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Peripheral primitive neuroectodermal tumor/Ewings sarcoma (PNET/EWS) is primarily a tumor of soft tissues and bones. Primary localization of PNET/EWS in genitourinary organs is rare. No data on this localization of PNET/EWS are available in literature from Pakistan. We searched our adult uro-oncology records from 1994 till date and identified all cases of adult genitourinary and adrenal PNET/EWS diagnosed on histology and immunohistochemistry. Their case records were reviewed to obtain data on demographics, presentation, pathologic features, management and outcome. Six cases were found; all were young and had aggressive disease at presentation. Four had renal PNET/EWS. One case each of prostate and adrenal PNET/EWS was seen. Surgery and chemotherapy formed the mainstay of management. Three patients (50%) died during treatment, two were lost to follow-up and one case with renal PNET/EWS showed good initial response to chemotherapy but was later on lost to follow-up. In conclusion, PNET/EWS should be considered in the differential diagnosis of genitourinary malignant tumors in young patients. These tumors are aggressive with poor outcome.
Key Words: Adrenal gland, kidney, primitive neuroectodermal tumor/Ewings sarcoma, prostate, uro-oncology
Address for correspondence: Dr. Rehan Mohsin, Department of Urology, Sindh Institute of Urology and Transplantation, Karachi - 74200, Pakistan. E-mail: email@example.comReceived: 20.06.2010, Accepted: 05.10.2010
Primitive neuroectodermal tumor/Ewings sarcoma in adult uro-oncology: A case series from a developing country
Rehan Mohsin, Altaf Hashmi, Muhammed Mubarak1, Gohar Sultan, Asad Shehzad,
Abdul Qayum2, Syed Ali Anwer Naqvi, Syed Adeeb ul Hassan RizviDepartments of Urology, 1Histopathology, and 2Uro-Oncology, Sindh Institute of Urology and Transplantation (SIUT), Civil Hospital,
Peripheral primitive neuroectodermal tumor/Ewings sarcoma (PNET/EWS) is primarily a tumor of soft tissues and bones. The tumor can occur in both adults and children. Genitourinary localization of this family of tumors is very rare. The presentation is nonspecific and radiological findings non-characteristic.[2-10] Hence, accurate diagnosis is challenging and depends on histology and immunohistochemistry (IHC)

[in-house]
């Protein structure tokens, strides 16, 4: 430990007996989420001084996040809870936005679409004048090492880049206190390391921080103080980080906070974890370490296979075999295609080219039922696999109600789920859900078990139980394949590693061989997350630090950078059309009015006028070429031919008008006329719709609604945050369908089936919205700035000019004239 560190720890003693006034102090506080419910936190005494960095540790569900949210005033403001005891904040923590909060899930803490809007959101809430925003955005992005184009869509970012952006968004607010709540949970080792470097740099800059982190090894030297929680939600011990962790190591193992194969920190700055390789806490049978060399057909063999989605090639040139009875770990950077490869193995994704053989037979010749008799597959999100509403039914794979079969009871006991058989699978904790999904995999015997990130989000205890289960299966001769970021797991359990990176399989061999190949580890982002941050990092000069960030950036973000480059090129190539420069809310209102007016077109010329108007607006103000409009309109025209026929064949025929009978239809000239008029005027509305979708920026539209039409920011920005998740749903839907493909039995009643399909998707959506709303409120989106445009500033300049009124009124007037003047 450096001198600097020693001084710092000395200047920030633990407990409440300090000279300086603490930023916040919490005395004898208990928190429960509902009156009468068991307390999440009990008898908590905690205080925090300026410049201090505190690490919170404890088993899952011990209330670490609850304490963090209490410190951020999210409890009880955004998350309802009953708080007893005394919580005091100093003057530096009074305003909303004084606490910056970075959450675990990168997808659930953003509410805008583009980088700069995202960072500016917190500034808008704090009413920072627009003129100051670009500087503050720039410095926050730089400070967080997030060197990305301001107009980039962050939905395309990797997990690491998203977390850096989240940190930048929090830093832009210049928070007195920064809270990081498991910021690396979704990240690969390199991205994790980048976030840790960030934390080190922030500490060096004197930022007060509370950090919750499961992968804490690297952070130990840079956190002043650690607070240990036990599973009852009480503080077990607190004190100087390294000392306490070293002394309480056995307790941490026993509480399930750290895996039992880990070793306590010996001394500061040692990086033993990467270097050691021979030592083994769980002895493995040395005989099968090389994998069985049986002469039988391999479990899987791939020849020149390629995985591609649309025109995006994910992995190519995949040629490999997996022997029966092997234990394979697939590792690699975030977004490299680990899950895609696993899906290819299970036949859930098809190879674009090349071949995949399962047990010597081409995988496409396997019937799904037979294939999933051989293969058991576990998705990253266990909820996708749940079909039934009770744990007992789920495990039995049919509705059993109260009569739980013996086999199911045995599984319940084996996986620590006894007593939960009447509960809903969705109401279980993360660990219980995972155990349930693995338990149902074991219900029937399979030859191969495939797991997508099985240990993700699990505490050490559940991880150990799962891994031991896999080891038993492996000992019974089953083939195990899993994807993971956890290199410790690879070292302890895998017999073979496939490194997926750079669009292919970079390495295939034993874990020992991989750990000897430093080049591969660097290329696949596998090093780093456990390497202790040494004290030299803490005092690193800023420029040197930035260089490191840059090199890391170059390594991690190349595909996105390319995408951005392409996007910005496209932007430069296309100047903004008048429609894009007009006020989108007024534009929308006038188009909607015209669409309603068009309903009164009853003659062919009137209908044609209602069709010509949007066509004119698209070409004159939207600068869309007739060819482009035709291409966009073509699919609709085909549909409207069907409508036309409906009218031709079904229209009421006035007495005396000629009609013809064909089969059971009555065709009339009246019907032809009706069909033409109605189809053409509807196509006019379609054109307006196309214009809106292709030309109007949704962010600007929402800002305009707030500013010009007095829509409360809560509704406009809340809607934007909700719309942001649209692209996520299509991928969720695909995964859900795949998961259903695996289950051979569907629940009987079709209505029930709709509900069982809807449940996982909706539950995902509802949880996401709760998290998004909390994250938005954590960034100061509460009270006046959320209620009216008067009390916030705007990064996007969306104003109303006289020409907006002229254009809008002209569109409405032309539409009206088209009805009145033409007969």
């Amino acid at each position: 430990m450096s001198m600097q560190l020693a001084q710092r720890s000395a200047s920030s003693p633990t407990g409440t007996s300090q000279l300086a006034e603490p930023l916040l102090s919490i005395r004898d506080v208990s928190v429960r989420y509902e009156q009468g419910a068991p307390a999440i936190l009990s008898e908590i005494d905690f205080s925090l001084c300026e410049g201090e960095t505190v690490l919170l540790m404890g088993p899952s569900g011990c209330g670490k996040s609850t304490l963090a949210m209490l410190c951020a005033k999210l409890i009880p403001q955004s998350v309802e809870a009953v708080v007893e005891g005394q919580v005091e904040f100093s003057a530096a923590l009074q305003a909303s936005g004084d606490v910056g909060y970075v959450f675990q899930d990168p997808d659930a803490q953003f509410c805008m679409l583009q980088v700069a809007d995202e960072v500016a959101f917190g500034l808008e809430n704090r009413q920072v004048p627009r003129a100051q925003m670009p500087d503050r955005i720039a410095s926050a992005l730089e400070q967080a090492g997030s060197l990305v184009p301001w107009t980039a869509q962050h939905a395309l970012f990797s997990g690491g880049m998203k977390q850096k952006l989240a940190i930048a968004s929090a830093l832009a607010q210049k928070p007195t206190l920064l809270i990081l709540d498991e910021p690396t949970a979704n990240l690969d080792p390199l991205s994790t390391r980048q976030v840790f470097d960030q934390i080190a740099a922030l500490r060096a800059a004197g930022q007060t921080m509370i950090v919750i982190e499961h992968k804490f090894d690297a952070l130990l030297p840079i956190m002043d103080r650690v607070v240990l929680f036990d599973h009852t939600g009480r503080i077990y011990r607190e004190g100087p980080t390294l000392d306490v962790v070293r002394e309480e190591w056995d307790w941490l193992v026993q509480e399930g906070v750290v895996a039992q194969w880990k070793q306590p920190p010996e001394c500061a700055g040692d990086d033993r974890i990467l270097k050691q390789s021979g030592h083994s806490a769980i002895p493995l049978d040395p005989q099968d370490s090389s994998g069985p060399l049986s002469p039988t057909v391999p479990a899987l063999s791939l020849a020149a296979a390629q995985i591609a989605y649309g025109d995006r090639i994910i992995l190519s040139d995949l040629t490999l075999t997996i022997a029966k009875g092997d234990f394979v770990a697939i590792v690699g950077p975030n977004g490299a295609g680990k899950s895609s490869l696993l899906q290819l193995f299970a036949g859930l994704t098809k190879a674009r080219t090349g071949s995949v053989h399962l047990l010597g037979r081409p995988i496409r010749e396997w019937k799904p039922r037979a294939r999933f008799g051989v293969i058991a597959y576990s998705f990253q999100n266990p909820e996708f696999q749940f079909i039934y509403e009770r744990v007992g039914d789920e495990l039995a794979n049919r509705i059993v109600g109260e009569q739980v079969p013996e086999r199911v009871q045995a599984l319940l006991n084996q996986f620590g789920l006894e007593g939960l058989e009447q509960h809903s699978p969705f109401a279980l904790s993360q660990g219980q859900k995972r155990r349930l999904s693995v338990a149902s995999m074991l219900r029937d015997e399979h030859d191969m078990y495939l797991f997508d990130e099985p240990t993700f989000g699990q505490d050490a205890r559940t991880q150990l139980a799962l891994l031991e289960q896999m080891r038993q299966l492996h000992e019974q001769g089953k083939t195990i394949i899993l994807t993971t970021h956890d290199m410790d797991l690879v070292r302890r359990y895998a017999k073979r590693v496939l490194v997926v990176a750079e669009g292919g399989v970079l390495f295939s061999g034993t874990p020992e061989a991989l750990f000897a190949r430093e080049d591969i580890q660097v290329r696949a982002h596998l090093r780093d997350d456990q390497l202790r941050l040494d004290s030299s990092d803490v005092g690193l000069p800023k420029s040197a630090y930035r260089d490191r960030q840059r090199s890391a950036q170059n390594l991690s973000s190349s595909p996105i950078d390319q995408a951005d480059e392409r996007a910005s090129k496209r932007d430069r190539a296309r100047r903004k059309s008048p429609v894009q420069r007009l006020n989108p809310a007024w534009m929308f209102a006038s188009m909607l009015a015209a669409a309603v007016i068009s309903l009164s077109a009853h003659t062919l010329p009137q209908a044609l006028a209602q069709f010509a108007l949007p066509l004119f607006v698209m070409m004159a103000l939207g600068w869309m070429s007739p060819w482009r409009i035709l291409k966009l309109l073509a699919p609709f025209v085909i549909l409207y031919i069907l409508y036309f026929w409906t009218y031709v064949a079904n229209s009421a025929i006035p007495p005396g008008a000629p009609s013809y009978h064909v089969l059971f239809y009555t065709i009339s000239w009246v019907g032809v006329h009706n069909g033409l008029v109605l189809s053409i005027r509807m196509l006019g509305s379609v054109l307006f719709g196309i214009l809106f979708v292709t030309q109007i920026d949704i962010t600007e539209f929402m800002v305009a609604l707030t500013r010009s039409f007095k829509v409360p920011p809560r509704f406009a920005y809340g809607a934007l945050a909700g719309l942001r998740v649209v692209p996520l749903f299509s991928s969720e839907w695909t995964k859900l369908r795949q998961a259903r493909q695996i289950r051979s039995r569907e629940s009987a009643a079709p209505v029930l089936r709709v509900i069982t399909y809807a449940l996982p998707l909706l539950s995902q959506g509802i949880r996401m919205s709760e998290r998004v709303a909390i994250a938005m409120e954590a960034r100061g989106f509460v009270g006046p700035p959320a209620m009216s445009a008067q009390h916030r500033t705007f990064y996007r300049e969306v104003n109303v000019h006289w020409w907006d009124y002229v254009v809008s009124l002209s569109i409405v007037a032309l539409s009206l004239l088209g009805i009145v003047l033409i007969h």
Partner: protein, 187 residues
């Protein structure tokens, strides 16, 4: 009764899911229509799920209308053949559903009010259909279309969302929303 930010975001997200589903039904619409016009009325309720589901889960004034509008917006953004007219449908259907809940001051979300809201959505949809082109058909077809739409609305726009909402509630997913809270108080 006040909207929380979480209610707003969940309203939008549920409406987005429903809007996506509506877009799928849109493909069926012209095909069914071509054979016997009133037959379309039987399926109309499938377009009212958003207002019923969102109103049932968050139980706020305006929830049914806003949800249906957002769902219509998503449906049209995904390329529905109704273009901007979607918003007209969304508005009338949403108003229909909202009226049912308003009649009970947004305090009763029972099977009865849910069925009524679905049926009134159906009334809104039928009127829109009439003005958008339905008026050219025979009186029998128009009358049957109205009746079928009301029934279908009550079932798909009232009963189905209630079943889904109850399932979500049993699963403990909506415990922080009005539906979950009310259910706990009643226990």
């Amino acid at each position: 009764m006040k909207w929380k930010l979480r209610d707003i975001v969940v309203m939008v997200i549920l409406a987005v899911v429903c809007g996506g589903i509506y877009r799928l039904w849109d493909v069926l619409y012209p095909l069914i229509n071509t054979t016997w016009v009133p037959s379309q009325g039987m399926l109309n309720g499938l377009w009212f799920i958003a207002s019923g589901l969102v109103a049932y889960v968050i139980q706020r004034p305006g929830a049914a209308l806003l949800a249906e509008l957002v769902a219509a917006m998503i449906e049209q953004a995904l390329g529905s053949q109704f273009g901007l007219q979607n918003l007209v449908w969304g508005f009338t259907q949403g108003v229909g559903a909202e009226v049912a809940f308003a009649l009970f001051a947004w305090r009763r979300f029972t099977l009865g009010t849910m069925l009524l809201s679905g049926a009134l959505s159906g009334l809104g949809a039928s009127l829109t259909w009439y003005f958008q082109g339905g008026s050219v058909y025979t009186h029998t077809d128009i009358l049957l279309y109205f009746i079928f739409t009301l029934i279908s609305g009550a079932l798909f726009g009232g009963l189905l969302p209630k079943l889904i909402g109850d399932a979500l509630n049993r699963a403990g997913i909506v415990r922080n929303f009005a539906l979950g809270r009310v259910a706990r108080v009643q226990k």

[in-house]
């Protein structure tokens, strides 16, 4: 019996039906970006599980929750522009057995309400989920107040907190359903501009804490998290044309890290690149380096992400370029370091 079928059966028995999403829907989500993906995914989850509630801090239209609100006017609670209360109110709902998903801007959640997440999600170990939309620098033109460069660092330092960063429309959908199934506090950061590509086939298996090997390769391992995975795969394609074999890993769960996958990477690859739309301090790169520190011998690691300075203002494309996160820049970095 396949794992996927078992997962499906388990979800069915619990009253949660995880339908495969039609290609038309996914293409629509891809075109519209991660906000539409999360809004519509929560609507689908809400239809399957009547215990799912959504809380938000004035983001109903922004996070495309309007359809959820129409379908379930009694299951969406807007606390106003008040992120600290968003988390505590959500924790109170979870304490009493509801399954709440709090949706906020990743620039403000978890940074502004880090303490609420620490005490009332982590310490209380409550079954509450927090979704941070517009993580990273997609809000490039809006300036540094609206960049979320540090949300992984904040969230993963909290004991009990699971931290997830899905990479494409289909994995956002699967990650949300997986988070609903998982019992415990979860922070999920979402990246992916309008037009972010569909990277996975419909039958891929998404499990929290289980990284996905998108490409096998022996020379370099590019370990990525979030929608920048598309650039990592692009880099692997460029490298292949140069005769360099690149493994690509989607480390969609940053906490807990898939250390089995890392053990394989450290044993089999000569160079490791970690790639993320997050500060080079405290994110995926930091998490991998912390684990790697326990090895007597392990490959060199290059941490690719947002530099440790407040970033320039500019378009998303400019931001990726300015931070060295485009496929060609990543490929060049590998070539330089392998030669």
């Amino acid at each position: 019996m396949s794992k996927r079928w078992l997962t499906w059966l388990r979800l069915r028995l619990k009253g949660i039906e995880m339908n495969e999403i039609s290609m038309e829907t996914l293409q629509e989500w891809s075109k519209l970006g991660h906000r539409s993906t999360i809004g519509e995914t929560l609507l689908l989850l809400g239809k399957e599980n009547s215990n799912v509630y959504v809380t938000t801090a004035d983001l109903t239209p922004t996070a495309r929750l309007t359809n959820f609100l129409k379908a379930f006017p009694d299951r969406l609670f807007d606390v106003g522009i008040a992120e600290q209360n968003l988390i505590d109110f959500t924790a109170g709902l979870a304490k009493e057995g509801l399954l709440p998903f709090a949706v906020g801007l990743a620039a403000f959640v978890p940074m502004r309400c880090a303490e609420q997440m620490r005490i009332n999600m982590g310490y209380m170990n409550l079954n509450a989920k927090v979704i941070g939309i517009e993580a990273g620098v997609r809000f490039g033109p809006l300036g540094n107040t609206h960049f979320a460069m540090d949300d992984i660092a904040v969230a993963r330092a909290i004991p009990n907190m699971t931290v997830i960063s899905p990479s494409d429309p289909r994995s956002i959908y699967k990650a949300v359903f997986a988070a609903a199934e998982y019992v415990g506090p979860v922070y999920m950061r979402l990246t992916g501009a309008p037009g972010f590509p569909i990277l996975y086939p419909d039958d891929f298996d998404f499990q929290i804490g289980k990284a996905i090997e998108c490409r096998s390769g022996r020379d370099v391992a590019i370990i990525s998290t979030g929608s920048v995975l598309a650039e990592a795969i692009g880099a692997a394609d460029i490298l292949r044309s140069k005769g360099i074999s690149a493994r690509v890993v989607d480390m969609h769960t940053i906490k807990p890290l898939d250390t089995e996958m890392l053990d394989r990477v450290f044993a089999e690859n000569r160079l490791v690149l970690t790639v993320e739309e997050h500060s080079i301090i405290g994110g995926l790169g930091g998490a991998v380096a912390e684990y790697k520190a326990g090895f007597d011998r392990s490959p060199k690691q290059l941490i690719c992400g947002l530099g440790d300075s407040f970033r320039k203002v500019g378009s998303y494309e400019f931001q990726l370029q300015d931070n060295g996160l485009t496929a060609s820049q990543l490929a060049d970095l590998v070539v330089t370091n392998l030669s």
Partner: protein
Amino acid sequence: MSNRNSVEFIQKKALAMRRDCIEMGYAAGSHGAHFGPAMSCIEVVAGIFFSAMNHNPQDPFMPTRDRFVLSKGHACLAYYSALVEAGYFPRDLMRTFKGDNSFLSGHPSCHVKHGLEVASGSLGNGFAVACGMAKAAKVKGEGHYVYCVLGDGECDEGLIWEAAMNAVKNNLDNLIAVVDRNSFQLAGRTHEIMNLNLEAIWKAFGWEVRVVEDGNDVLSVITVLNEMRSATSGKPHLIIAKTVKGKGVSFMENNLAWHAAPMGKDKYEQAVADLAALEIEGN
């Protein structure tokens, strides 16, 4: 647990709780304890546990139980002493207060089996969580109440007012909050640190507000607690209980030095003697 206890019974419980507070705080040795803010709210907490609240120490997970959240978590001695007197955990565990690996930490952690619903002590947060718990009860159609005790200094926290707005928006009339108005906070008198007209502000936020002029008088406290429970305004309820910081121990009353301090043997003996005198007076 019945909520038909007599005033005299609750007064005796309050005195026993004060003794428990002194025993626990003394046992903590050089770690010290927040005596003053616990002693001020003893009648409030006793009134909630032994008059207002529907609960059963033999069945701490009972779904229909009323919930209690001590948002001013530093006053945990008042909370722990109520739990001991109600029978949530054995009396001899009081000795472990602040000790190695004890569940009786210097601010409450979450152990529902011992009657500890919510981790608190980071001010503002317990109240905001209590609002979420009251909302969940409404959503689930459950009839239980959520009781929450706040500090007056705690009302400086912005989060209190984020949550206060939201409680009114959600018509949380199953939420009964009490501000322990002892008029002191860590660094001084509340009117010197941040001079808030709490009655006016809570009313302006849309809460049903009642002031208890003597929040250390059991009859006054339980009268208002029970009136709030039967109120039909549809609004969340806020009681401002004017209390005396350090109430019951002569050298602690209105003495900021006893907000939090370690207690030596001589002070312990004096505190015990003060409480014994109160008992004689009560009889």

with positivity of CD 99. The disease most often presents at advanced stage, and although management has improved, the outcome is poor.[2-10]
There is no detailed clinicopathologic study available on PNET/EWS in adult uro-oncology literature from Pakistan. We undertook this study to review our experience relating to the diagnosis, management and outcome of cases of genitourinary and adrenal PNET/EWS in our practice.
We searched our adult uro-oncology record from 1994 till date and identified cases of adult genitourinary and adrenal malignancies which were diagnosed as primary PNET/EWS of these organs on histology and IHC. Six cases were identified, four of kidney and one each of prostate and adrenal gland. Their case records were reviewed to obtain data on
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104 Urology Annals | May - Aug 2011 | Vol 3 | Issue 2
Mohsin, et al.: PNET/EWS in adult uro-oncology in Pakistan
demographics, presentation, pathologic features, management and outcome.
Herein, we report our experience with six cases of genitourinary and adrenal PNET/EWS in our practice.
Case 1 (Kidney PNET/EWS)GM, a 26-year-old male, presented in the uro-oncology OPD with right-sided flank pain, hematuria, abdominal swelling and weight loss. Physical examination revealed palpable fixed non-tender mass in the right flank.
Ultrasonography (USG) of abdomen demonstrated huge, well-demarcated, complex mass measuring about 1810 cm involving right kidney. Left kidney was normal. Computerized
Figure 1: CT scan of abdomen showing a large heterogeneous right renal mass Figure 2: Gross appearance of right kidney completely replaced by
solid, gray white, vaguely nodular growth
Figure 4: IHC staining showing diffuse membranous positivity of CD 99 in tumor cells (CD 99 antibody, 200)
Figure 3: Light microscopy of the tumor shows sheets of small, uniform, round blue cell tumor, separated by delicate fibrovascular septae (H and E, 200)
tomography (CT) scan confirmed a large vascular right renal mass with single metastatic nodule in left lung and abdominal lymphadenopathy [Figure 1]. Bone scan was negative.